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Wanna Be a Rock Star?
Life: Keith Richards - Keith Richards
Member Name: rosebud2001
Life: Keith Richards - Keith Richards
Advantages: Tells the story of someone who has lived a full, eventful and truly interesting life
Disadvantages: None - apart from the Americanised English!
Rock n roll stars just aren't what they were. Nickelback wrote a song called "Rock Star" which focused on the clichéd lifestyle of wine, women and song. Written by a Canadian band who themselves live a rather clean and focused existence, it must have been inspired in no small way by the lifestyle of one man in particular - Keith Richards from the Rolling Stones.
In the 60s and 70s this man was the poster child for those who wanted to be not only a rock star but to live the rock star life. He was a target for the establishment not only here in the UK but the world over due to his known drug use yet he somehow managed to remain professional throughout. Not for Richards the slurring, drunken performances Amy Winehouse turns in. He had several very close shaves with the law but with the exception a night in Wormwood Scrubs, managed to evade jail. Perhaps even more miraculously is the fact he managed to survive almost constant drug use for over 40 years and lives a happy and contented life in the suburbs with his wife, children and grandchildren.
The famous adage about the sixties was if you could remember it, you weren't there but if ever a character from that era comes along and busts the myth, it's Keith Richards. He wasn't just there - he was a major part of it and while Mick Jagger remains the iconic front man of the Rolling Stones, there wouldn't have been no Rolling Stones without Richards too.
When I first read his memoirs were being published I was intrigued and several times I nearly bought the hardback but my tight fistedness always got the better of me. I am not lying however when I say I bought this in paperback the day it came out, such was my desire to read about the man I believe is the lynchpin of the Rolling Stones.
~~A Bit about Keef~~
Keith was born in Dartford in December 1943 to Doris and Bert Richards. He was an only child and he always had a bit of a rebellious streak. It became apparent that Keith and school were not a good mix at a fairly early stage.
Keith met Mick Jagger at primary school but their friendship didn't become particularly strong until they were teenagers and they bonded over rare American blues records. Keith had started to play the guitar in childhood, spurred on by his maternal grandfather Gus, who was a musician.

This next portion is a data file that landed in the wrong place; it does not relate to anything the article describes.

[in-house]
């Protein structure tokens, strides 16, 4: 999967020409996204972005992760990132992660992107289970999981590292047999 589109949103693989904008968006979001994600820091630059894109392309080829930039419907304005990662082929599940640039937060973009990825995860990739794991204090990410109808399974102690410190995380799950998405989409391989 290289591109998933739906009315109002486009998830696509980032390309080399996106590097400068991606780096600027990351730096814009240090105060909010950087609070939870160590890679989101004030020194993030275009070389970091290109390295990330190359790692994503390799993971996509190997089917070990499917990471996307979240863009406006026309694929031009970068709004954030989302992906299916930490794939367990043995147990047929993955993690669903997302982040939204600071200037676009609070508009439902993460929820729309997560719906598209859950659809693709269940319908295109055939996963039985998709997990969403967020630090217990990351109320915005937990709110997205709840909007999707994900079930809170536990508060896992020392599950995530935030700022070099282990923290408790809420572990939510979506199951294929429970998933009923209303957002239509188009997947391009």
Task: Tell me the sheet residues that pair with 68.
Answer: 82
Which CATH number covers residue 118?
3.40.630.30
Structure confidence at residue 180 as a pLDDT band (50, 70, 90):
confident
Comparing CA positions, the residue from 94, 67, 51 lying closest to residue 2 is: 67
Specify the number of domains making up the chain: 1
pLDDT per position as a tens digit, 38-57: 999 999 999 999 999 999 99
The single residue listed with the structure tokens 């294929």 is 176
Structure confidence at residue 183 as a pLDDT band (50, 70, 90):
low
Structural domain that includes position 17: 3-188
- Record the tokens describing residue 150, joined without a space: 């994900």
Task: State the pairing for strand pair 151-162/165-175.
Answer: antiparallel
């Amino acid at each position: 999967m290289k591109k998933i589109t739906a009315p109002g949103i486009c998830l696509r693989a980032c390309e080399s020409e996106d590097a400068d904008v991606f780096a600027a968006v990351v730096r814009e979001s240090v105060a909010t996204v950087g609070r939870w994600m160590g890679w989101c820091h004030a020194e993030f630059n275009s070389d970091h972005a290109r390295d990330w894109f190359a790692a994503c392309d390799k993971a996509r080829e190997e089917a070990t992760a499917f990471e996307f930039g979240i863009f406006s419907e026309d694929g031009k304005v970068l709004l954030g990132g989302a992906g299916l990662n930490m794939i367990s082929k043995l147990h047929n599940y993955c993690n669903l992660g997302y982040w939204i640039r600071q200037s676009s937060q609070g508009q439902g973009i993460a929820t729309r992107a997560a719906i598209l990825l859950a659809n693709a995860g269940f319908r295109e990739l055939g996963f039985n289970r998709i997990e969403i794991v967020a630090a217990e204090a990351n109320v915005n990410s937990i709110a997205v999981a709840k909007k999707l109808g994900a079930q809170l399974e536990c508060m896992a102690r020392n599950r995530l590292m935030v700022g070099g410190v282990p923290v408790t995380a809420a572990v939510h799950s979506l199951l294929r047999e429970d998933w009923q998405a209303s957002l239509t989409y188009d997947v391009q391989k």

Once Mick and Keith had hooked up they decided to start a band which evolved over time into what would eventually become the Rolling Stones, who were launched onto an unsuspecting British public in 1963. In comparison to the Beatles, the Stones were portrayed as the "bad boys" in the press - although to be fair they didn't really need much in the way of encouragement to live the rock star life to the full.
Over the years Keith went from hash and acid to a full blown heroin addiction and by his own admission he didn't actually give up hard drugs altogether until five years ago. In between he shacked up with a fellow band member's girlfriend, got busted by the police for drug abuse several times, wrote some of the most iconic songs of the era, toured the world, beat heroin addiction and eventually married a super model.
"Life" is a co write with James Fox, a London based journalist Richards has been friends with for many years. This is an inspired choice as it becomes apparent quite early on that Richards had an excellent rapport with Fox from the prose contained within.
The book starts with a bust in Arkansas in the 1970s with Richards explaining how the Rolling Stones machine - which by this time was enormous - was able to call upon the help of the best lawyers to outwit a police force which was both redneck and cack handed. This works brilliantly as a scene setter - leaving the reader wondering how Richards went from former Dartford choir boy to this.
We find out over the next 600 pages in a book which meanders at a leisurely pace through Richards' life but is never dull - well certainly I never found it dull.
Fox alternates between sections where it seems he is quoting Richards almost verbatim from interrviews to sections which are more traditional prose. These interview sections are rather easy to spot - Richards uses a lot of colloquiasms in his speech and there are some who won't like his rather non politically correct way of referring to women at times. It didn't particularly bother me because for all he describes whatever woman he is in a relationship with as "the old lady" or groupies as "bitches" he comes across as actually a very decent bloke who has a lot of respect for the opposite sex. If you read these terms and don't take the context into account, you may well be offended however.